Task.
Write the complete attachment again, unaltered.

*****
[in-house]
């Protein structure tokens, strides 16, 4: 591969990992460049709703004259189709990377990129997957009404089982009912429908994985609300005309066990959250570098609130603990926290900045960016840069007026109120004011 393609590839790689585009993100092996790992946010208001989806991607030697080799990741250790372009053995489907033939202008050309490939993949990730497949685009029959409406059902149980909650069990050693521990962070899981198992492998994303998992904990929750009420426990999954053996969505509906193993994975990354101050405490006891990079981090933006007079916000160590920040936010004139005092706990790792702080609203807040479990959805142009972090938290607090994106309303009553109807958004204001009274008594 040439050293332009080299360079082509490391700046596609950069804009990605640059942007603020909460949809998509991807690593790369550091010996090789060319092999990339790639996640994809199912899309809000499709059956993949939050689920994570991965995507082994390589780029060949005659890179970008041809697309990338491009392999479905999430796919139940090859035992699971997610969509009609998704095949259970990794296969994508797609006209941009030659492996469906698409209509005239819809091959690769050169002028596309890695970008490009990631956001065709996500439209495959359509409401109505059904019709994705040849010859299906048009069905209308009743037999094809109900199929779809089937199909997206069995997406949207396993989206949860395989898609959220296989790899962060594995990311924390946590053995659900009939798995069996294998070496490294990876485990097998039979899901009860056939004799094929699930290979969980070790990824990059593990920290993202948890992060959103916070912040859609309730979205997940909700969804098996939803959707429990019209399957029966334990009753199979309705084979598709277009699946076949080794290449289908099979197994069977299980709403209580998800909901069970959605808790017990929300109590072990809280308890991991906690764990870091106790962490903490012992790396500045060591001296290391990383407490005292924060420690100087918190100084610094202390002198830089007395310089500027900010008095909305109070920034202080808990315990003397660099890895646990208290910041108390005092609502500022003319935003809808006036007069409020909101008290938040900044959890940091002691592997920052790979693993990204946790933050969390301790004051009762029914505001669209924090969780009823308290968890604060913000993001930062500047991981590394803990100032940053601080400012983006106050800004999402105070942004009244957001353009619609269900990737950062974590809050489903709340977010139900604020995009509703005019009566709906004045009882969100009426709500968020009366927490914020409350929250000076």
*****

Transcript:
[in-house]
């Protein structure tokens, strides 16, 4: 591969990992460049709703004259189709990377990129997957009404089982009912429908994985609300005309066990959250570098609130603990926290900045960016840069007026109120004011 393609590839790689585009993100092996790992946010208001989806991607030697080799990741250790372009053995489907033939202008050309490939993949990730497949685009029959409406059902149980909650069990050693521990962070899981198992492998994303998992904990929750009420426990999954053996969505509906193993994975990354101050405490006891990079981090933006007079916000160590920040936010004139005092706990790792702080609203807040479990959805142009972090938290607090994106309303009553109807958004204001009274008594 040439050293332009080299360079082509490391700046596609950069804009990605640059942007603020909460949809998509991807690593790369550091010996090789060319092999990339790639996640994809199912899309809000499709059956993949939050689920994570991965995507082994390589780029060949005659890179970008041809697309990338491009392999479905999430796919139940090859035992699971997610969509009609998704095949259970990794296969994508797609006209941009030659492996469906698409209509005239819809091959690769050169002028596309890695970008490009990631956001065709996500439209495959359509409401109505059904019709994705040849010859299906048009069905209308009743037999094809109900199929779809089937199909997206069995997406949207396993989206949860395989898609959220296989790899962060594995990311924390946590053995659900009939798995069996294998070496490294990876485990097998039979899901009860056939004799094929699930290979969980070790990824990059593990920290993202948890992060959103916070912040859609309730979205997940909700969804098996939803959707429990019209399957029966334990009753199979309705084979598709277009699946076949080794290449289908099979197994069977299980709403209580998800909901069970959605808790017990929300109590072990809280308890991991906690764990870091106790962490903490012992790396500045060591001296290391990383407490005292924060420690100087918190100084610094202390002198830089007395310089500027900010008095909305109070920034202080808990315990003397660099890895646990208290910041108390005092609502500022003319935003809808006036007069409020909101008290938040900044959890940091002691592997920052790979693993990204946790933050969390301790004051009762029914505001669209924090969780009823308290968890604060913000993001930062500047991981590394803990100032940053601080400012983006106050800004999402105070942004009244957001353009619609269900990737950062974590809050489903709340977010139900604020995009509703005019009566709906004045009882969100009426709500968020009366927490914020409350929250000076």